Hundreds of South Africans, including for the first time white apartheid era conscripts, on Saturday united to commemorate the 40th anniversary of the Soweto uprising.
"They tried to march, they were stopped, they were killed, (but) today, the police are here to help us march," said cleric and ANC stalwart Frank Chikane as two policemen on horseback -- one black, one white -- escorted a procession of people into the stadium.
The uprising, in which at least 170 people were killed, was a turning point in the anti-apartheid struggle, bringing the injustices of the regime to the world's attention and paving the way for the 1994 election of Nelson Mandela as South Africa's first black president.
"1976 - I was there as a student...," read one handwritten placard held up by a black woman in the crowd, as a group of Johannesburg municipal workers dressed in yellow work clothes sang and swayed in unison.
Apartheid era army personnel belonging to the South African Defence Force Association, also attended, dressed in blazers and ties decorated with the organisation's insignia.
"We are sad about what happened 40 years ago, we are sorry if people are still hurt. But... it is time we start with a new era," said association chairman Jan Malan.
"We can be apologising for 100 years, it is not going to change things. Let's take the symbolism of 40 years and let's start creating the South Africa we want," he said.
- Killed for a fist clench -
At least 400 people -- almost evenly divided between blacks and whites -- gathered at Orlando Stadium in Soweto township for the ceremony ahead of the main government-led commemorations due to be to attended by President Jacob Zuma on Thursday.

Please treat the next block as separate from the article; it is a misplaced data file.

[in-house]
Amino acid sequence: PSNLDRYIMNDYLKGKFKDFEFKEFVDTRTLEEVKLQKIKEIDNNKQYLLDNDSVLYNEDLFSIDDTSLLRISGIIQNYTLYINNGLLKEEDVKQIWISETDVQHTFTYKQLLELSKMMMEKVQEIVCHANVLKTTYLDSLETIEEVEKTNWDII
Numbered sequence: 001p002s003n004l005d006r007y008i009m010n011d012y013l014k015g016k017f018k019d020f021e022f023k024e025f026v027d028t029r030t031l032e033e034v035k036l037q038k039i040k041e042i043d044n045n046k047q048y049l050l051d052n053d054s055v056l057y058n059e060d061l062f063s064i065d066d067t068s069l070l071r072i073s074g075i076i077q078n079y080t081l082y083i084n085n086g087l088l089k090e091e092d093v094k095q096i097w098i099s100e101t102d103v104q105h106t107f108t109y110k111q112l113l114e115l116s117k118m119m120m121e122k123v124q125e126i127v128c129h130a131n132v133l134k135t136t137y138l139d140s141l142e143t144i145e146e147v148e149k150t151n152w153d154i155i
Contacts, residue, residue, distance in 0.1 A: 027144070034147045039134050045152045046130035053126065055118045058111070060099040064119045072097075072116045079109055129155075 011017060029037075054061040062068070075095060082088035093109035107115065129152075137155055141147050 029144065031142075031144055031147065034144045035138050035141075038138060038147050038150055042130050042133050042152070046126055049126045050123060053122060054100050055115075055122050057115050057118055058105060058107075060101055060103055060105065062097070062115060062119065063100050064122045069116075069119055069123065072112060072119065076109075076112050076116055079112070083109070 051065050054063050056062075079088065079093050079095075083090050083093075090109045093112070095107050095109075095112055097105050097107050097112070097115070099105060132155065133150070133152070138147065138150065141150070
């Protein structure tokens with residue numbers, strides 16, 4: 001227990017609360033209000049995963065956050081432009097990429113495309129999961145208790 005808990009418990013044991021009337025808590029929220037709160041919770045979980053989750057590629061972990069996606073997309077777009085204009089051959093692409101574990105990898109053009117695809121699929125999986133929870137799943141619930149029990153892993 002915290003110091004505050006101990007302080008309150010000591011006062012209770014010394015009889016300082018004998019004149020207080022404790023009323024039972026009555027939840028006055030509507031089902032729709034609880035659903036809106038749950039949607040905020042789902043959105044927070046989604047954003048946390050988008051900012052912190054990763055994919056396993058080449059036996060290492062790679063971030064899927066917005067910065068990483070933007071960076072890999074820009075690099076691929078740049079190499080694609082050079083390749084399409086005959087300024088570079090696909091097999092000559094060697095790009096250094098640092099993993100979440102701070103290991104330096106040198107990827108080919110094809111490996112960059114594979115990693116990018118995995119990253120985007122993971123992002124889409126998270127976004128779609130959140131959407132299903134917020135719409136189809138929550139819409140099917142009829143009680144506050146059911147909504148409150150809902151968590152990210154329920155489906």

The former white conscripts, who were not deployed to Soweto in 1976, attended the commemoration for the first time. Former police officers who did take part in the crackdown however declined to be part of the ceremony.
On June 16, 1976, security forces opened fire on black youngsters protesting in Soweto township against a government order that schools could only teach in the Afrikaans language used by whites.
Over the following three days, scores of people were killed, with some estimates putting the death toll at several hundred over one month.
Survivor Trofomo Sono, 59, said the students were taken aback by the security forces' response.
"We did not expect that somebody could just die from marching and a fist clench. But it happened, a boy died, children started running," he said.
Joy Rabotabi, 56, a former student and black South African businessman, said it was "unfortunate" the police who took part in putting down the 1976 protests boycotted the event.
"It is not contributing positively towards nation-building and reconciliation. We need to find a way to bring closure," he told AFP.
But he lauded the presence of the former soldiers at the event as positive. "Any step towards reconciliation and healing needs to be welcomed," he said.
- Old wounds remain -
Earlier a small group of around 100 ex-students, former conscripts, clerics and Johannesburg mayor Parks Tau marched from Madibane High School in the township to Orlando Stadium.
At the school a plaque was unveiled in memory of Abiel Lebelo, a student leader who was shot dead by the police during the protests.
"We are completing the journey the students could not complete," said the Reverend Frank Chikane.
In 1976, the students carried placards that read "Afrikaans stinks" and "To hell with Afrikaans" but on Saturday survivors waved placards reading "Unity in diversity" and "Let's all stand together as one".
Some relatives of victims of the uprising, however, stayed away from the event, a sign of still unhealed wounds amid frustration at post-apartheid South Africa's failure to meet expectations of many black people.
Divisions along racial lines still linger in South Africa, with most black people enduring worse education, housing and unemployment than white people.